The deadline is looming for the Easter Underdog Anthology, Dear Reader…
*Thank you, Clicky…*
… And I have still to finish my second story submission…
*No, Clicky, that’s a different sort of submission…*
*No, knot that kind of sub mission either, Clicky… /tuts… Could you just… /zips lips… just for a mo?*
…Although I have finished writing the Afterword, an opportunity offered to me by Leggy last weekend. You have no idea the sheer amount of poetry I’ve been trawling through this past week…
*Oh, so much Bryon and Shelley, you wouldn’t believe… /rolls eyes…*
… Anyhoo, I thought I’d take a short break and pen a post, as last night, Leggy brought news that Canadian politicians have made a Motion, a move toward the outright banning any criticism of a single, solitary religion…
…Can’t happen? They wouldn’t possibly enact a punishable law against ‘islamophobia’? The answer was supplied to that question by Red Frank…
*Literally at the gate… /sigh…*
*/smiles… A Ted talk, perfect…*
… Must get back to finishing my short story now, Dear Reader. Enjoy the rest of your weekend and… Have a Song… 😉
UPDATE – MONDAY 27 MARCH 2017
bode (v.) Old English bodian “proclaim, announce; foretell,” from boda “messenger,” probably from Proto-Germanic *budon- (source also of Old Saxon gibod, German gebot, Old Norse boð), from PIE *bheudh- “be aware, make aware” (source also of Sanskrit bodhati “is awake, is watchful, observes,” buddhah “awakened, enlightened;” Old Church Slavonic bljudo “to observe;” Lithuanian budeti “to be awake;” Old Irish buide “contentment, thanks”). As a shortened form of forebode (usually evil), it dates from 1740. Related: Boded; boding.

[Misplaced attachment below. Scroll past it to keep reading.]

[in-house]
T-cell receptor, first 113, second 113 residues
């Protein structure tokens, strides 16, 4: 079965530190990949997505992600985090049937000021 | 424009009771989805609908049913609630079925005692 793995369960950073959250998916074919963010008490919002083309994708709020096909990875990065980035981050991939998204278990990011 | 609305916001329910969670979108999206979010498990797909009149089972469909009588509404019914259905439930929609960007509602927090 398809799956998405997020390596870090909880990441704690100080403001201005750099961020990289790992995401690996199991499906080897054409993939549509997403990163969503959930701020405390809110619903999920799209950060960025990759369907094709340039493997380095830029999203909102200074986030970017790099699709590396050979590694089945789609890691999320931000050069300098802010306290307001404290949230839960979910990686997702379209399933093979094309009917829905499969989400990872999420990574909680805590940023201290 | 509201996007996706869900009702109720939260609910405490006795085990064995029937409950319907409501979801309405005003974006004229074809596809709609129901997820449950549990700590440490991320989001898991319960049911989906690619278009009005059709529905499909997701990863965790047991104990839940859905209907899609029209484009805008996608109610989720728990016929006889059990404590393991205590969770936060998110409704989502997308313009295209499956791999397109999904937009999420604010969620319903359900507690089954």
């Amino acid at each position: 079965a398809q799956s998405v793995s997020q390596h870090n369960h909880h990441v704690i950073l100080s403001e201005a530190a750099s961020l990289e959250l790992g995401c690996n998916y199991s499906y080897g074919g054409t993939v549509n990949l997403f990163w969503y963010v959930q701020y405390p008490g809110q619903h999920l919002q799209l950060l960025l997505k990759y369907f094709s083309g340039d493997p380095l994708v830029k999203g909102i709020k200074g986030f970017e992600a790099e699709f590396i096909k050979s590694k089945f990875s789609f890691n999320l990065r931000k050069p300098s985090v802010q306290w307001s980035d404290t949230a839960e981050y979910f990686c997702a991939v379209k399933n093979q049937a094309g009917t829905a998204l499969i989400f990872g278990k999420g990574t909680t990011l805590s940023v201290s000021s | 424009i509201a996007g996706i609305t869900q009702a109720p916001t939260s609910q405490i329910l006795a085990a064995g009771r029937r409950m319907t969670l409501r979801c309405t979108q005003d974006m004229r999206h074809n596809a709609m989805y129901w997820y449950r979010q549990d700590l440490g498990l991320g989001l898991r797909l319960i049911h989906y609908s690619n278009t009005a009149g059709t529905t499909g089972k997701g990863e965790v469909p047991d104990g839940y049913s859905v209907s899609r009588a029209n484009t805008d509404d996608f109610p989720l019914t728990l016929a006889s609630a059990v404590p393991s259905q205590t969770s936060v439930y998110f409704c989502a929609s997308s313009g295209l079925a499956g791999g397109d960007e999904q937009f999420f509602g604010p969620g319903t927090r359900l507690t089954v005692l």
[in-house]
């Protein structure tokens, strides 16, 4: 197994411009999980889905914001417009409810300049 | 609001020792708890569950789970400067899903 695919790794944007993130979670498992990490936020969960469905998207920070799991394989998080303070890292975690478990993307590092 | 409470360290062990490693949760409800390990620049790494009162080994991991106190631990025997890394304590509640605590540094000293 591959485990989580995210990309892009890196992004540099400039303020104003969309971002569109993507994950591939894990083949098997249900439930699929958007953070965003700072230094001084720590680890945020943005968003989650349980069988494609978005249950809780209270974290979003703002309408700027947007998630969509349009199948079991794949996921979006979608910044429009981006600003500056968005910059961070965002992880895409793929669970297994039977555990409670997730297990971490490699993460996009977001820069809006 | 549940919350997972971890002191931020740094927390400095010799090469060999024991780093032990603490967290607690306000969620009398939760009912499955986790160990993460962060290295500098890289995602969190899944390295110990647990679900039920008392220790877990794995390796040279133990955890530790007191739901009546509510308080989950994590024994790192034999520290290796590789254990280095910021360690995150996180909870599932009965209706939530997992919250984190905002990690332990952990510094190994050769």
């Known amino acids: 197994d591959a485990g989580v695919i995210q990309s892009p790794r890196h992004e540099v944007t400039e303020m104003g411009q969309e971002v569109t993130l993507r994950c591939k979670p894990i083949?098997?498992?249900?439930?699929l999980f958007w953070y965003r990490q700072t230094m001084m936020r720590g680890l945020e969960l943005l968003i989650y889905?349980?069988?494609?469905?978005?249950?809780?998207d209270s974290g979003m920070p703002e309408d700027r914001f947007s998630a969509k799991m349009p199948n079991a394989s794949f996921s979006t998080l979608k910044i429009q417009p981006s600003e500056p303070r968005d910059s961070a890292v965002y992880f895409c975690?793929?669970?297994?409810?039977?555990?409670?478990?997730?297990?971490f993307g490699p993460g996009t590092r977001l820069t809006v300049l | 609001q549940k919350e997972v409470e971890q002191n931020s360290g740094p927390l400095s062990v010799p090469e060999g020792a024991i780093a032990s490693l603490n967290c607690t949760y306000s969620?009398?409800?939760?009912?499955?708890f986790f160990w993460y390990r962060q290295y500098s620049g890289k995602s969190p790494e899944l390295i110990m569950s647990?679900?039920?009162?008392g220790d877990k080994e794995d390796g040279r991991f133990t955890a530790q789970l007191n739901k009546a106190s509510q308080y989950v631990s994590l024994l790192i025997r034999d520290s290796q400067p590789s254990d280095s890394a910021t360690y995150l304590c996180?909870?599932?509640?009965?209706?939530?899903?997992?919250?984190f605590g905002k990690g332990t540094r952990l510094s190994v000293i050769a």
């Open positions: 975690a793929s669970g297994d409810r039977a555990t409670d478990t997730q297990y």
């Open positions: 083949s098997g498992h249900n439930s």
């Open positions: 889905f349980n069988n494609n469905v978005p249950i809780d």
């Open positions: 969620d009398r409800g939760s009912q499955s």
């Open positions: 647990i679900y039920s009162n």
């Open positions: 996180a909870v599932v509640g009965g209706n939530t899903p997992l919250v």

There’s been a roobery… 😉
According to German media, the stolen coin is the “Big Maple Leaf”, a commemorative piece issued by the Royal Canadian Mint in 2007. The three-centimeter (1.18-inch) thick coin, with a diameter of 53 centimeters (20.9 inches), has a face value of $1 million. By weight alone, however, it would be worth almost $4.5 million at market prices.
The Bode Museum, located on the German capital’s UNESCO-listed Museum Island, houses one of the world’s biggest coin collections. The holding includes 102,000 coins from ancient Greece and about 50,000 Roman coins.
Spokesman Stefen Petersen said thieves apparently entered through a window about 3:30 a.m. Monday, broke into a cabinet where the “Big Maple Leaf” coin was kept, and escaped with it before police arrived.
German police said on Twitter that the robbers likely used a ladder found at a nearby rail track to break into the museum at around 3:30 am. Suburban rail traffic was interrupted as investigators combed the area for clues. The police did not comment on how the thieves managed to cart the extremely heavy “pet rock” out of the museum without being spotted or triggering any alarms.
“The heather-encrusted Headlands, veiled in a fog as thick as as smoke in a crowded pub, hunched precariously over the moors”.